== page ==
Gov’t housing subsidies target the wealthy to the detriment of poor households

October 11, 2017

Photo: abcug.hu/András D. Hajdú

While the government has been continuously increasing the rate of housing subsidies aimed at the wealthier segments of society, households most in need are getting left behind according to Habitat for Humanity Hungary’s annual report on housing poverty. Habitat for Humanity Hungary’s (HFHH) report draws a picture of a housing policy that is increasingly aimed at the wealthier and neglects the problems of actual housing poverty, reports abcug.hu.

In 2016 the rate of housing subsidies aimed mostly at the middle-class further increased in the central budget. The government expanded the eligibility of the family housing support (CSOK) and spent more on supporting home savings funds. However, by abolishing the central housing maintenance and debt relief program in 2015, the government technically stopped helping the lower-income segments of society. Since the abolition of the program, it is now up to the municipal councils whether to allocate funds from the central settlement support to subsidize the needy, and if so, whether such supports should include housing subsidies.

Family housing support, for the least needy

According to the statistical data acquired by HFHH, the government’s flagship housing support program CSOK is obviously aimed at the wealthier segments of society. Although 70 percent of applicants applied for funds to purchase used real estate in 2016 and only 28 percent applied to purchase or build new real estate, ultimately 60 percent of all CSOK funds were remitted to applicants who either built or purchased new homes. According to HFHH, the eventual result of this policy will be a greater inequity in housing.

Meanwhile, the rate of those who cannot afford appropriate housing at the appropriate location has further increased. While on average households spent 22 percent of their income on housing costs in 2016, in those households where the income per capita is the lowest this rate was as high as 30 percent. Some 12 percent of Hungarian households spend more than 35 percent on housing. As rent prices increased much more rapidly than incomes in the last couple of years, those households that rented premises spent more than 40 percent on housing on average. According to Eurostat, the margin of affordability is at 30 percent.

Small settlements are getting left behind

HFHH calls “poor property owners” those owners who typically live in smaller settlements in their own low-quality properties, and cannot afford to purchase or rent appropriately situated and priced real estate. These low-quality properties that often lack a toilet and running water and are badly heated are typically situated in settlements with less than 5,000 residents.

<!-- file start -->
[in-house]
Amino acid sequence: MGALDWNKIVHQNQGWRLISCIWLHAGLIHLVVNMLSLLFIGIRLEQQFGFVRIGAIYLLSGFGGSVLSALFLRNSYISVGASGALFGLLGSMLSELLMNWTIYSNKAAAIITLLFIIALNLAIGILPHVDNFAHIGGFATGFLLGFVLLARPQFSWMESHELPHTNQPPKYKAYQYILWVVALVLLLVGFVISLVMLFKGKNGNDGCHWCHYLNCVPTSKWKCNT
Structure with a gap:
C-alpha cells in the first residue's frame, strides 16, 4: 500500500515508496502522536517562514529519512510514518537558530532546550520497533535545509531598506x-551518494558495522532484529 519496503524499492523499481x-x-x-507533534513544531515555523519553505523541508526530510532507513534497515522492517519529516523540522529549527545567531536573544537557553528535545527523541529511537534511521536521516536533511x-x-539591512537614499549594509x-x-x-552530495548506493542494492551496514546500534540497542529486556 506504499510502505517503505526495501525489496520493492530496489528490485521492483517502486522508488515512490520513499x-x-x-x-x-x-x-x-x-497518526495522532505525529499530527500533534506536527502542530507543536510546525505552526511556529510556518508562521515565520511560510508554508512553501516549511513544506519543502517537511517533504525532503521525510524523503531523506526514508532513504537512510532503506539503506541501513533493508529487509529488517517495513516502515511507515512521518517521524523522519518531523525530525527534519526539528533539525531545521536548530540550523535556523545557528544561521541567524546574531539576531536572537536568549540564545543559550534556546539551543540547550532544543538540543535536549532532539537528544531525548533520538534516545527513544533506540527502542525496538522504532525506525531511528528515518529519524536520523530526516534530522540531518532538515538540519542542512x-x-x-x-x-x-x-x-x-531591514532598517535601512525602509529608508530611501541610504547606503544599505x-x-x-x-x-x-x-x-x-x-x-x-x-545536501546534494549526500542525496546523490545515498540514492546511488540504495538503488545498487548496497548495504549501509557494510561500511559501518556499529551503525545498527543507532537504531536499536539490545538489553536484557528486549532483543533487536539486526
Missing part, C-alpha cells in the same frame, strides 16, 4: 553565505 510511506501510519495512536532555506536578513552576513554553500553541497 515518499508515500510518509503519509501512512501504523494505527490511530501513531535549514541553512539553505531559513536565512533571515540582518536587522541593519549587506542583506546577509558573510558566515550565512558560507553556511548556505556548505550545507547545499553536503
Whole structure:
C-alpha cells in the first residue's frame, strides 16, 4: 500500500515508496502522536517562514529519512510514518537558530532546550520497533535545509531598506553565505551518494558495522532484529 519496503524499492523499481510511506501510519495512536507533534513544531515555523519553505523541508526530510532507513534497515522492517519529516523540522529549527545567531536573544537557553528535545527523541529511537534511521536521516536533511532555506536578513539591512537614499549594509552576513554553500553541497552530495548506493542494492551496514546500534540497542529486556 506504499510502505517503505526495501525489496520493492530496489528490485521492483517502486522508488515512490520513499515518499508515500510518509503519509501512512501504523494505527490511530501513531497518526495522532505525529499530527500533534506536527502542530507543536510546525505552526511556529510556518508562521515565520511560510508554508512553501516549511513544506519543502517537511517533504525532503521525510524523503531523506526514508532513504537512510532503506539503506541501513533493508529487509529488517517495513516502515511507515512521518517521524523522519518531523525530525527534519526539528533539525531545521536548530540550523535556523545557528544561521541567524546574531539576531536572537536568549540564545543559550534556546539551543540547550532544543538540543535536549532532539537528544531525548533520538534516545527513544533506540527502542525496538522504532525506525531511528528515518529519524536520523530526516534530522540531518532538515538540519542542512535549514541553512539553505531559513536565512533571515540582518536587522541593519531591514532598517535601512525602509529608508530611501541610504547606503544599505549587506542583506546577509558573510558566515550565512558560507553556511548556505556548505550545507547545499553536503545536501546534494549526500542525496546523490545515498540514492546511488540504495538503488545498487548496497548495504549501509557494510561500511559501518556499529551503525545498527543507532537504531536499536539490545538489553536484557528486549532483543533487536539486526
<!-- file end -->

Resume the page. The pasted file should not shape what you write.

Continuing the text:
HFHH’s report stresses that the Roma in Hungary are acutely affected by inappropriate housing conditions. The worst quality properties are mostly in the segregated Rome neighborhoods that are present in two-thirds of Hungarian settlements.

Paradoxically, while the quality of housing stock is gradually increasing due to the housing subsidies, those who are most in need are still living in substandard properties.

Social firewood

As HFHH points out, a crucial factor in housing poverty is energy poverty, the condition when residents cannot afford to heat and light their homes appropriately. The social firewood program aims to tackle this problem by providing the neediest with affordable firewood during the winter. Although this is the sole national program that exclusively targets needy, a botched criteria system for distribution resulted in mixed results, according to HFHH.

Although the government has annually allotted HUF 3 billion (USD 11.4 million) to municipal councils to purchase firewood and lignite for the needy since 2014, the distribution of the funds is very uneven. While the program allocates more funds to underprivileged regions such as the Northern Great Plain, Southern Transdanubia and Northern Hungary, these regions have many more applying settlements than the others, and the funds per household rate is much lower than in regions with better conditions. The comparison of the village of Zebecke in Zala county and Vécs in Heves county gives an extreme example of the unequal distribution, as households received HUF 74,000 (USD 280) on average in the former and little more than HUF 3,000 (USD 11.5) in the latter for firewood.

The biggest defect of the program is that it grants funds based on the number of public workers and residents over 80 in a given settlement. These factors obviously tell nothing about the housing conditions in a settlement. Therefore, HFHH suggests that in order to increase the effectiveness of the program, decision makers should consider the social and housing conditions as well. At the same time, the NGO stressed that on its own the firewood aid is not adequate. HFHH argues that the program should be incorporated into a general housing maintenance aid program, and needy households should be granted funds to improve their housing conditions in the long run.

Unaffordable report on affordable housing

Although HFHH has been publishing their annual report for six years, in the introduction of this year’s report the NGO hints that this might be the last report in this form. National authorities that possess the statistical data that HFHH used for its report requested fees totaling more than HUF 100,000 (USD 380) in exchange for the data. According to HFHH national director Zsolt Szegfalvi, the NGO simply cannot afford to cover this cost. Stressing the importance of independent policy analysis, the NGO requested the data free of charge, but their reasoning did not meet with understanding in most cases.